UAFRS-reporting adjusts for these traditional accounting distortions by treating all operating leases as an investing cash flow, and by rebucketing stock options into the firm’s Enterprise Value. These simple reclassifications remove a tremendous amount of accounting noise related to investment activities and improves investors understanding of the operating earnings of a business.

Greater-than-reported EPS’ suggests ACN is cheaper than it initially appears

At current prices, ACN is trading at a 20.8x traditional forward-P/E, which is around corporate averages, suggesting at first glance that the firm may be fairly valued, or even overvalued considering expected declines in as-reported EPS.

However, after making the necessary adjustments, it is apparent ACN is actually trading at a 16.4x UAFRS-based P/E, which is a below peer levels, and suggests a firm that may be trading at a discount when considering consistent EPS’ growth. Specifically, when compared to peers in the IT Consulting space, ACN is trading at a valuation below that of CTSH (21.0x UAFRS P/E), BAH (21.9x), LDOS (22.6x), and IT (105x) among others, suggesting should the firm sustain growth, multiple expansion may be justified.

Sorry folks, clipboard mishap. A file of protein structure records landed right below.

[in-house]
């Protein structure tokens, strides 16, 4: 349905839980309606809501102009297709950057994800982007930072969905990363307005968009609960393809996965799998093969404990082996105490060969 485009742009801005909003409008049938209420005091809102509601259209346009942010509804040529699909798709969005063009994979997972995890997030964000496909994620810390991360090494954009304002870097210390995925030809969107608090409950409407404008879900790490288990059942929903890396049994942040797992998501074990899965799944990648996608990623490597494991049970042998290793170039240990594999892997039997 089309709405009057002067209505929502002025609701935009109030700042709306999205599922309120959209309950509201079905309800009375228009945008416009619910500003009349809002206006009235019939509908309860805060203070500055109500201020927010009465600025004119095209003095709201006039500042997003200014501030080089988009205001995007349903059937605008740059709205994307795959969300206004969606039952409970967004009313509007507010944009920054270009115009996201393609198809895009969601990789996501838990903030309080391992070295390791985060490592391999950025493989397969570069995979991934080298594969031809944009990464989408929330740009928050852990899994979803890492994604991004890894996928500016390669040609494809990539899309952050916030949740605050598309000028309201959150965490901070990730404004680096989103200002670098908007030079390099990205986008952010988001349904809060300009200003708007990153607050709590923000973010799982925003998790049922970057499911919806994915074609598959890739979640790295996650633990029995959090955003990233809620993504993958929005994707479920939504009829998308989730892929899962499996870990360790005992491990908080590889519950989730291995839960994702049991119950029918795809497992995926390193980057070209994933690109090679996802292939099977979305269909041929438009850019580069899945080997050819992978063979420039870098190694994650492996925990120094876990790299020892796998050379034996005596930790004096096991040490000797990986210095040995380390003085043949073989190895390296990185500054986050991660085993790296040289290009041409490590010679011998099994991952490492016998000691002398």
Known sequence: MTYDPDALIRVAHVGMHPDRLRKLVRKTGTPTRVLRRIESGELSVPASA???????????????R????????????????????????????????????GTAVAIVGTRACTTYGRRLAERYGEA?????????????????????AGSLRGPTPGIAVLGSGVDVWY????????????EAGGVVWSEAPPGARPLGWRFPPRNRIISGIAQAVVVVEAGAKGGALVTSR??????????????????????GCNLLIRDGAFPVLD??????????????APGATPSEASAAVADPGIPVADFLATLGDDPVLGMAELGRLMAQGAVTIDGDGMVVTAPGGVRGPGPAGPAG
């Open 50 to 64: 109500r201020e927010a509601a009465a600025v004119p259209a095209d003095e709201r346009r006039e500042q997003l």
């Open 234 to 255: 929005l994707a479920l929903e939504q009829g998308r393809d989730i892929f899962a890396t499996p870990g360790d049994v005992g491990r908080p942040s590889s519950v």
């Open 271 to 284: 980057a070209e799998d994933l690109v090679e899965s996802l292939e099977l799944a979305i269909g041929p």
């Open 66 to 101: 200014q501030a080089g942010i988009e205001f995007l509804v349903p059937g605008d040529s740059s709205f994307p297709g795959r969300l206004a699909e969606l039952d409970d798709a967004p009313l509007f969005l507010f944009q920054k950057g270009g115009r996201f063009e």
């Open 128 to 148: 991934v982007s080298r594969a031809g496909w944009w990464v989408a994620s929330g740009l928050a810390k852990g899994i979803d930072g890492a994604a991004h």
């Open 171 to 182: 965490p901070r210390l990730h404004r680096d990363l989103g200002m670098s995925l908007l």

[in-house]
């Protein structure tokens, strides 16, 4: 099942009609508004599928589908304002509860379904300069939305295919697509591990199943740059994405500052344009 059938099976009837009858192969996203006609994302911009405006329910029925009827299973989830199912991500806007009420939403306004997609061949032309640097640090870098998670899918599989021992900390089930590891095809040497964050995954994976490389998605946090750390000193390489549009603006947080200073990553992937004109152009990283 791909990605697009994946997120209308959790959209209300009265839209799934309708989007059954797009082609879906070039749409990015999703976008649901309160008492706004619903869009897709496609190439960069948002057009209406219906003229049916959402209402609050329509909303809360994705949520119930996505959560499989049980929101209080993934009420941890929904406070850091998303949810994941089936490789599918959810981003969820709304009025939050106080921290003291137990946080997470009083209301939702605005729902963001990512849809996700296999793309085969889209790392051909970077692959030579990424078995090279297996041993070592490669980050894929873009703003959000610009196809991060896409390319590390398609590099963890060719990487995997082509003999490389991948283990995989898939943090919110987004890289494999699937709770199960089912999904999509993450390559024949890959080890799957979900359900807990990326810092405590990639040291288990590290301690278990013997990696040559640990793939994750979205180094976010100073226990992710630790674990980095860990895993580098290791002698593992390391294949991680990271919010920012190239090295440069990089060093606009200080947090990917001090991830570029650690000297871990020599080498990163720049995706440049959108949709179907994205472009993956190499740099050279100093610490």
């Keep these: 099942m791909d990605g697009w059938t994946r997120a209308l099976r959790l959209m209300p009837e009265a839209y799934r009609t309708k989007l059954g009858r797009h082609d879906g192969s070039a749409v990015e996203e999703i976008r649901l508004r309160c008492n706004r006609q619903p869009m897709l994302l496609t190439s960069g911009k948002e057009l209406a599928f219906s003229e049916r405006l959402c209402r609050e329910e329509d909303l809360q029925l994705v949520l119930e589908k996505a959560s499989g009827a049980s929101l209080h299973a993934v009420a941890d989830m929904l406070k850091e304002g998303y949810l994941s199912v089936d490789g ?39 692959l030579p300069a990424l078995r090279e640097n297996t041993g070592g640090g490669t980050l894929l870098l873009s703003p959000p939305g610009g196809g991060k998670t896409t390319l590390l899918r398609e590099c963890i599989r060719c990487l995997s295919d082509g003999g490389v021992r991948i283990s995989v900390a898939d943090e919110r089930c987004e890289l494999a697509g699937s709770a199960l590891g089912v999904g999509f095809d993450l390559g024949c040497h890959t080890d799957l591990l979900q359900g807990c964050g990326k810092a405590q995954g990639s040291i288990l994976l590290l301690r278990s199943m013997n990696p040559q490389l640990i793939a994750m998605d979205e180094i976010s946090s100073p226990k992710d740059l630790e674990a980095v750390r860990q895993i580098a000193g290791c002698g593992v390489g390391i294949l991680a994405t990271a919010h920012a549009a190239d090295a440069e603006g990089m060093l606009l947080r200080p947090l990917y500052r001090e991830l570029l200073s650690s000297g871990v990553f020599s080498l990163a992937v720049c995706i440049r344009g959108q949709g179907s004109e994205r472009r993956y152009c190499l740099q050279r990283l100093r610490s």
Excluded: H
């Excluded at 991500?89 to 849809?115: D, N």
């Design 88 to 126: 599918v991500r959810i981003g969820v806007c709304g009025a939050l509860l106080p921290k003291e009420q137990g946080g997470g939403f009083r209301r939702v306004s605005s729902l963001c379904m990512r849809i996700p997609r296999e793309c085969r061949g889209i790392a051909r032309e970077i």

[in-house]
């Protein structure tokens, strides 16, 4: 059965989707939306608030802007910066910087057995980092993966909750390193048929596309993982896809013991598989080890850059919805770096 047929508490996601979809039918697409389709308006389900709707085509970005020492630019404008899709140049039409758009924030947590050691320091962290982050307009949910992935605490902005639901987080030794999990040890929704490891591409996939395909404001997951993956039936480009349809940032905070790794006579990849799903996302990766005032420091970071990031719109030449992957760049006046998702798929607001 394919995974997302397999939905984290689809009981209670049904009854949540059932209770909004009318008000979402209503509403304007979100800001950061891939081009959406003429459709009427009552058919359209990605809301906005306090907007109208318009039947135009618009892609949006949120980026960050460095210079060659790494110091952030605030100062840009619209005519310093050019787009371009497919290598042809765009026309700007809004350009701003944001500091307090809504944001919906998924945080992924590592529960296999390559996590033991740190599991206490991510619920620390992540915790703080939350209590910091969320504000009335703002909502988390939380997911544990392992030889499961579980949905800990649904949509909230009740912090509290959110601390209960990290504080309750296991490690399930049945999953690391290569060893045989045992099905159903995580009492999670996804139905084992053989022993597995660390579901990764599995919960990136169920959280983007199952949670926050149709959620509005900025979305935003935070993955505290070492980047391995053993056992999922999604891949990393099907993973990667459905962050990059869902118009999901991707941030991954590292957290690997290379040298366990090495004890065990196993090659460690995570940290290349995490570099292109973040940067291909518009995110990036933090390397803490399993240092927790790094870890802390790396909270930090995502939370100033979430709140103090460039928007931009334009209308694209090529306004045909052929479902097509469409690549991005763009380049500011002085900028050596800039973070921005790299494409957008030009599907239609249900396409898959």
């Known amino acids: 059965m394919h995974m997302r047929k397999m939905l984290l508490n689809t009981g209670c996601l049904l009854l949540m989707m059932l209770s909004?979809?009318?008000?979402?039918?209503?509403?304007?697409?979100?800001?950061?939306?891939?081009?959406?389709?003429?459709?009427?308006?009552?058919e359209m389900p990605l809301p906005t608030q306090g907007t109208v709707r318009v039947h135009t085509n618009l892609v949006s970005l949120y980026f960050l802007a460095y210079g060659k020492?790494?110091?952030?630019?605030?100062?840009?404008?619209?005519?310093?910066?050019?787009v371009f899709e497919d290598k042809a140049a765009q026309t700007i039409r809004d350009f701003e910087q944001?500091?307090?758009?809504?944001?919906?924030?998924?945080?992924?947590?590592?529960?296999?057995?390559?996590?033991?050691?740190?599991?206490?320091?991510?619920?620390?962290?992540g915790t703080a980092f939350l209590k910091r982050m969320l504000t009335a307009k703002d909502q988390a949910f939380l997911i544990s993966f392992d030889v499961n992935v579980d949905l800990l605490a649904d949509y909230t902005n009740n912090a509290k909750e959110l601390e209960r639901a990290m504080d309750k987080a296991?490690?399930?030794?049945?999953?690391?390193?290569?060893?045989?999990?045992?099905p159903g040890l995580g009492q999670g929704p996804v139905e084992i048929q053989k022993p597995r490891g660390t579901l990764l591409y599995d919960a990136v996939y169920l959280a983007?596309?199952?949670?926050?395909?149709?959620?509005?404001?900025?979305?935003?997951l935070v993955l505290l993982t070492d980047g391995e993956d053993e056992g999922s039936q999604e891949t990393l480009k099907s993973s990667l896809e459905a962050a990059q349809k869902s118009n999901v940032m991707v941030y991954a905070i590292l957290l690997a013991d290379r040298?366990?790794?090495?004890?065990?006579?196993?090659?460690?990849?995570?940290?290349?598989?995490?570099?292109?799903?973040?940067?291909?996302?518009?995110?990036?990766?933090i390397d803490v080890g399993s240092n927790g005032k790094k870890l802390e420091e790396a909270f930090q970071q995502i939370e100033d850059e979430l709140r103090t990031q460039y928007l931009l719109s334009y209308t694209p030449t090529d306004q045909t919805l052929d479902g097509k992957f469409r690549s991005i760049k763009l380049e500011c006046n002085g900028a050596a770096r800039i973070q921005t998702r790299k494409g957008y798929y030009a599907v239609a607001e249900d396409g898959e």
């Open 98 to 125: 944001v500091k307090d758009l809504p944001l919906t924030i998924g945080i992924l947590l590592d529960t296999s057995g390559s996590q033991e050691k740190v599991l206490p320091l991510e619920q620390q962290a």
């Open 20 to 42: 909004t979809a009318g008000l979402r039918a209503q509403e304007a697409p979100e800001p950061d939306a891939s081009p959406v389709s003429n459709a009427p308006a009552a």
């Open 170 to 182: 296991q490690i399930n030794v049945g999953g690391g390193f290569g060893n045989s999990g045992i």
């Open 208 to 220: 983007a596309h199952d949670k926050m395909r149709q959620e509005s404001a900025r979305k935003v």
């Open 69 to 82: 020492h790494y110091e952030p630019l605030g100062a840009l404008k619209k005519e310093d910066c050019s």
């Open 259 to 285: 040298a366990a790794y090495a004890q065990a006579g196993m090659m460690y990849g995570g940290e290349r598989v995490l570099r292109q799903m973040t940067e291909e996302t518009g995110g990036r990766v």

By using Uniform Adjusted Financial Reporting Standards (UAFRS), investors see a cleaner picture that distorted GAAP and IFRS metrics cannot show. By standardizing financial reporting consistently across time and across companies, corporate performance and valuation metrics improve dramatically. Comparability of a company’s earnings over time, trends in corporate profitability and comparability in earnings power and earnings growth across close competitors and different sectors becomes far more relevant and reliable.

To find out more about Accenture plc and how their performance and market expectations compare to peers, click here to access the open beta of the Valens Research database.

Our Chief Investment Strategist, Joel Litman, chairs the Valens Research Committee, which is responsible for this article. Professor Litman is regarded globally for his expertise in financial statement analysis, fundamental research, and particularly Uniform Accounting, UAFRS.